# Fixed Point Numbers

Also known as Scaled Integer data types
Examples are: Currency, Decimal

These can provide a high level of accuracy.
They are not as precise as the floating-point data types - that is, they can't represent numbers as large or as small.
This method has a fixed decimal point position and therefore always has a fixed number of digits before and after the decimal point.
If you can't afford rounding errors, and you don't require as many decimal places as the floating-point data types provide, you can use the scaled integer data types.

### Currency Data Type

The Currency data type uses 8 bytes of memory and can represent numbers with fifteen digits to the left of the decimal point and four to the right, in the range of -922,337,203,685,477.5808 to 922,337,203,685,477.5807.

### Variant/Decimal Data Type

The Decimal data type uses 12 bytes of memory and can have between 0 and 28 decimal places. The Decimal data type is a Variant subtype; in order to use the Decimal data type, you must declare a variable of type Variant, and then convert it by using the CDec function.
The following example shows how to convert a Variant variable to a Decimal variable. It also demonstrates how using the Decimal data type can minimize the rounding errors inherent in the floating-point data types.

`Sub DoubleVsDecimal()    ' This procedure demonstrates how using the     ' Decimal data type can minimize rounding errors.     Dim dblNum      As Double    Dim varNum      As Variant    Dim lngCount    As Long        ' Increment values in loop.     For lngCount = 1 To 100000       dblNum = dblNum + 0.00001       ' Convert value to Decimal using CDec.        varNum = varNum + CDec(0.00001)    Next        Debug.Print "Result using Double: " & dblNum    Debug.Print "Result using Decimal: " & varNum End Sub `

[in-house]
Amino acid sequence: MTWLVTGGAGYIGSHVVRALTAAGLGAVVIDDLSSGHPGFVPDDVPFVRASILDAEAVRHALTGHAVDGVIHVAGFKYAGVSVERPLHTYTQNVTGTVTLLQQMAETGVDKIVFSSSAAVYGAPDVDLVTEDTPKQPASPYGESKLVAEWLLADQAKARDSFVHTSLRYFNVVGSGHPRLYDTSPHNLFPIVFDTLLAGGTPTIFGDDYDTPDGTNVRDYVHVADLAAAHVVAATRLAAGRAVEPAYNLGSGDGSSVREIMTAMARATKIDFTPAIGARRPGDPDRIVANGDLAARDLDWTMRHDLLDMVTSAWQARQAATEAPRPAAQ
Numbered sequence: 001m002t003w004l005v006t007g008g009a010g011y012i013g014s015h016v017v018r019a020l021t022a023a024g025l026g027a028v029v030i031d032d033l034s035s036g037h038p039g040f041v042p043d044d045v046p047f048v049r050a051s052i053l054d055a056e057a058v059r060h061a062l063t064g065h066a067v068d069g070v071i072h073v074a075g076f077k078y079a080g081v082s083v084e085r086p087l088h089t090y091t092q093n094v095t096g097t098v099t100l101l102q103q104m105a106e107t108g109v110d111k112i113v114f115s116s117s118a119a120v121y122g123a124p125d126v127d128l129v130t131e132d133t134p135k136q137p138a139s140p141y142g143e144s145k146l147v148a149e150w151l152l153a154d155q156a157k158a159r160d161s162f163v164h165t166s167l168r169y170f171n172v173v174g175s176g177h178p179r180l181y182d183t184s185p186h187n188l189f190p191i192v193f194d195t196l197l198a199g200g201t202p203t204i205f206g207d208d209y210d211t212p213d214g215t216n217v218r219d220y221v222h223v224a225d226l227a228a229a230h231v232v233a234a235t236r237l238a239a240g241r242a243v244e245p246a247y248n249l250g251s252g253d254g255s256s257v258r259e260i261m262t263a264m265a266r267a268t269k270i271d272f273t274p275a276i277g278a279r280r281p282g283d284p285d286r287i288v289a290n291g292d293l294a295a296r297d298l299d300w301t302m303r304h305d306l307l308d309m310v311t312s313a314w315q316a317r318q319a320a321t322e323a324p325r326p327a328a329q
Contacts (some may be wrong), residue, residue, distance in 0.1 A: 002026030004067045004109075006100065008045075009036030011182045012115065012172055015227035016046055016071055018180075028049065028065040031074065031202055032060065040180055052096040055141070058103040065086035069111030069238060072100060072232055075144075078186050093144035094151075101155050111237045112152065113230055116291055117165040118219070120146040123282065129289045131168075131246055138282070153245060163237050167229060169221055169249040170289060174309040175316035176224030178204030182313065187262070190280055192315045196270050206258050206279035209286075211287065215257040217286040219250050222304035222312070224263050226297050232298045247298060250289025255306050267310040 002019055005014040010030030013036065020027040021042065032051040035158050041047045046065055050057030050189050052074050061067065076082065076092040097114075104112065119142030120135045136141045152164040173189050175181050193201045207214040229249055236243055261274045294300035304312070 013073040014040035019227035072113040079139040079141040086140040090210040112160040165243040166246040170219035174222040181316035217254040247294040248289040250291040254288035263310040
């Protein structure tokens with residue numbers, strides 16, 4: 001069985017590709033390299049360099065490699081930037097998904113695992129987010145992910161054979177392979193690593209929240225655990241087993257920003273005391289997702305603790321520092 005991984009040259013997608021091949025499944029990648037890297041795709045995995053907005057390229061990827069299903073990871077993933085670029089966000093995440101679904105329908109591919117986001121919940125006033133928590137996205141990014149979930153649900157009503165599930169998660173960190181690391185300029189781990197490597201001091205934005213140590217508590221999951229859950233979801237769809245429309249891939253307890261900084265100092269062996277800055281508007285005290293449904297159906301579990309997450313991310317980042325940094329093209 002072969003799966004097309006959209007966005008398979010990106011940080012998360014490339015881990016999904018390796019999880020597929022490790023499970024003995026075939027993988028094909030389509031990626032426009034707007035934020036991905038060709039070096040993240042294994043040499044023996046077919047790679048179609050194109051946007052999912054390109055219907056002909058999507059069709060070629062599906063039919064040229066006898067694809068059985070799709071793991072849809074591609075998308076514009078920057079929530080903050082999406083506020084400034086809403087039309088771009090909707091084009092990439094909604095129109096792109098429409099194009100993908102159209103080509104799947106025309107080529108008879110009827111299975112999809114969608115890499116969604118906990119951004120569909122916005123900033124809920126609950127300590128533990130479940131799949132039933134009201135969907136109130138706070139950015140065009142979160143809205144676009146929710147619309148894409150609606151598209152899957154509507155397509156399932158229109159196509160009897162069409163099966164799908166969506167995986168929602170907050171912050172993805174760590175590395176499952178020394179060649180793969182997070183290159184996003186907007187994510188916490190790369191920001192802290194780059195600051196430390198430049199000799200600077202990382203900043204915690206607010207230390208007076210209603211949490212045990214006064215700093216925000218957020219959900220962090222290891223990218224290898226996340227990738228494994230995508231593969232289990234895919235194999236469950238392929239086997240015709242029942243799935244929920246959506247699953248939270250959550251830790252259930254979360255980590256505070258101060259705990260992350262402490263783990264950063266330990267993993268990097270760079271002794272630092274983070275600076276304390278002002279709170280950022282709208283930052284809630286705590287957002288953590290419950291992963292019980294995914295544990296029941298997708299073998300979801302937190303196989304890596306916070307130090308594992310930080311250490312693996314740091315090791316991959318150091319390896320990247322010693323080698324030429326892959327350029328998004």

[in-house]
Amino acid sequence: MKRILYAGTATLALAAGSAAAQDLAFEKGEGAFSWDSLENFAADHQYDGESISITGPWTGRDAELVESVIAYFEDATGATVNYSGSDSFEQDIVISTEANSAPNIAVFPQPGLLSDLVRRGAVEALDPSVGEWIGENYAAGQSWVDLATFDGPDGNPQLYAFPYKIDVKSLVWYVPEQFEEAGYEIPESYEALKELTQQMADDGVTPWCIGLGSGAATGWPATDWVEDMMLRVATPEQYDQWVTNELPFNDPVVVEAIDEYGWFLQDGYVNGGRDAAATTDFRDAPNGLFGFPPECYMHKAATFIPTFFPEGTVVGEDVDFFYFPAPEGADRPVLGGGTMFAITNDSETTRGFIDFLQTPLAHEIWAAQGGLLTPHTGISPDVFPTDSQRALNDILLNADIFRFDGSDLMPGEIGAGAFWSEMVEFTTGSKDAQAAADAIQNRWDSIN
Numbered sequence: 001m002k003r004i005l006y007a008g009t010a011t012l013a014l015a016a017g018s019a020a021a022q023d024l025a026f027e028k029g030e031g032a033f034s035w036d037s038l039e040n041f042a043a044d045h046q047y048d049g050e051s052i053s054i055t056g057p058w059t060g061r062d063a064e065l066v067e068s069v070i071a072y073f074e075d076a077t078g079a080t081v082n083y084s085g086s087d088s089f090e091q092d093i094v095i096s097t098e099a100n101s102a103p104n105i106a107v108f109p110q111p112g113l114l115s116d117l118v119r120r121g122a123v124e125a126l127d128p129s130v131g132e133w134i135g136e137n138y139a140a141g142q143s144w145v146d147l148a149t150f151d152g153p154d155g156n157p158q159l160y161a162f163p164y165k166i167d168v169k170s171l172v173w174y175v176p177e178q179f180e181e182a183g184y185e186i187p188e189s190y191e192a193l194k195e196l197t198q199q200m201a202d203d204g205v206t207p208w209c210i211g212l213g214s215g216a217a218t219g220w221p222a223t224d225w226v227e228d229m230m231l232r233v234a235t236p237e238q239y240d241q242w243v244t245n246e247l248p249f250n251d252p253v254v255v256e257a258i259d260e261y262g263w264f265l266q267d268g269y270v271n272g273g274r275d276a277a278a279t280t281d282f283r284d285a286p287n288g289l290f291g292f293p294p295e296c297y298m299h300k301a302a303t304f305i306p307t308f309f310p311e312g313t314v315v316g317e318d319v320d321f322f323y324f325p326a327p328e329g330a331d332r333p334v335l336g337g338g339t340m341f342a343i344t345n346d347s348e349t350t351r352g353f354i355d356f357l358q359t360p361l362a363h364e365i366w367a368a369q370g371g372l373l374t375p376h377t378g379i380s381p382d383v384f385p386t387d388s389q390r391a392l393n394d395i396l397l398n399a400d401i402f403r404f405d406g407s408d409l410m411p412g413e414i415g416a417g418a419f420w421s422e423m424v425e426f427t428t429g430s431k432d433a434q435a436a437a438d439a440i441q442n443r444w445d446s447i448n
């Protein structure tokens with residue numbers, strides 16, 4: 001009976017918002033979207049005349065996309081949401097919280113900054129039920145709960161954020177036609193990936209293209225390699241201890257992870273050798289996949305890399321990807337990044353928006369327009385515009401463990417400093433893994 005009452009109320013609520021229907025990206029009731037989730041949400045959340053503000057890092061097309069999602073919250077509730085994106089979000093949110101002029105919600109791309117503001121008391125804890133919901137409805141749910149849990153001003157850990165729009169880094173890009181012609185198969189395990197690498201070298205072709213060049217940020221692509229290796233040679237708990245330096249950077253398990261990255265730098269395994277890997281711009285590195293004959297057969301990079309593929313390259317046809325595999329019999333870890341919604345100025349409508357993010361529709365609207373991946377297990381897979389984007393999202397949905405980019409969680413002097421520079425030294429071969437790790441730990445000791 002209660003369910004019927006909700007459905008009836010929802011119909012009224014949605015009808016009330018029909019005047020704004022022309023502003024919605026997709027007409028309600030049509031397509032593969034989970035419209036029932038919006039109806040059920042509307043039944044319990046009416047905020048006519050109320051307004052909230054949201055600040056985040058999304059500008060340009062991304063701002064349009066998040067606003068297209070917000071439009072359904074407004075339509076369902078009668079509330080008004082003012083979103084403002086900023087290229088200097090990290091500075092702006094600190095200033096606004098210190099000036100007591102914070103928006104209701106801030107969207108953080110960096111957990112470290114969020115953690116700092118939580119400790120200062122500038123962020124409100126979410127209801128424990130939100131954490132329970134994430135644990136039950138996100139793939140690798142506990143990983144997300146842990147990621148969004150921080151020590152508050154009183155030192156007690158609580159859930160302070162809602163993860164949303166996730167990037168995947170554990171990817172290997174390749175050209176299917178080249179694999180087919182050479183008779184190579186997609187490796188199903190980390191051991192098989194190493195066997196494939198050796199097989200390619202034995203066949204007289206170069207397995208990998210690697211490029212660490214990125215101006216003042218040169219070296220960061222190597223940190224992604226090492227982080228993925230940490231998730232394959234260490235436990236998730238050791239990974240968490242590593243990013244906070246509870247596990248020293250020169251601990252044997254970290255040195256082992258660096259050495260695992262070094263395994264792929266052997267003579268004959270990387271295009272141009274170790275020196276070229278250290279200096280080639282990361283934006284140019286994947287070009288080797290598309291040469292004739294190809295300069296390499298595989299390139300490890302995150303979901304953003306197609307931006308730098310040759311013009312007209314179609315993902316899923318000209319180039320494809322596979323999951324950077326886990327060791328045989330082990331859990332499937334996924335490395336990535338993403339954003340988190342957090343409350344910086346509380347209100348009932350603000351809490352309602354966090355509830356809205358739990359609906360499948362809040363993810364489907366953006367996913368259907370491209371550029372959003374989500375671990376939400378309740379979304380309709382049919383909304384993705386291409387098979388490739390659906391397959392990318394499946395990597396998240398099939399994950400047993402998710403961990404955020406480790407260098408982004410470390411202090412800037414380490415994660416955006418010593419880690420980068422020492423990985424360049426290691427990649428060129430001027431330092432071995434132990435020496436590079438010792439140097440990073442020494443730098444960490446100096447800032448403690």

Any time you use the floating-point division operator (/), you're performing floating-point division, and your return value will be of type Double.
This is true whether your dividend and divisor are integer, floating-point, or fixed-point values. It's true whether or not your result has a decimal portion.
For example, running the following code from the Immediate window prints "Double":

`Debug.Print TypeName(2.34/5.9) `

So does this code, even though the result is an integer:

`Debug.Print TypeName(9/3) `

Since all floating-point division returns a floating-point value, you can't ever be certain that your result is accurate to every decimal place, even if you're performing division on Decimal or Currency values.
There will always be an inherent possibility of rounding errors, although they're likely to be small.
If you're dividing integers, or if you don't care about the decimal portion of the result, you can use the integer division operator (\). Integer division is faster than floating-point division, and the result is always an Integer or Long value, either of which requires less memory than a Double value. For example, running this code from the Immediate window prints "Integer":

`Debug.Print TypeName(9\3) `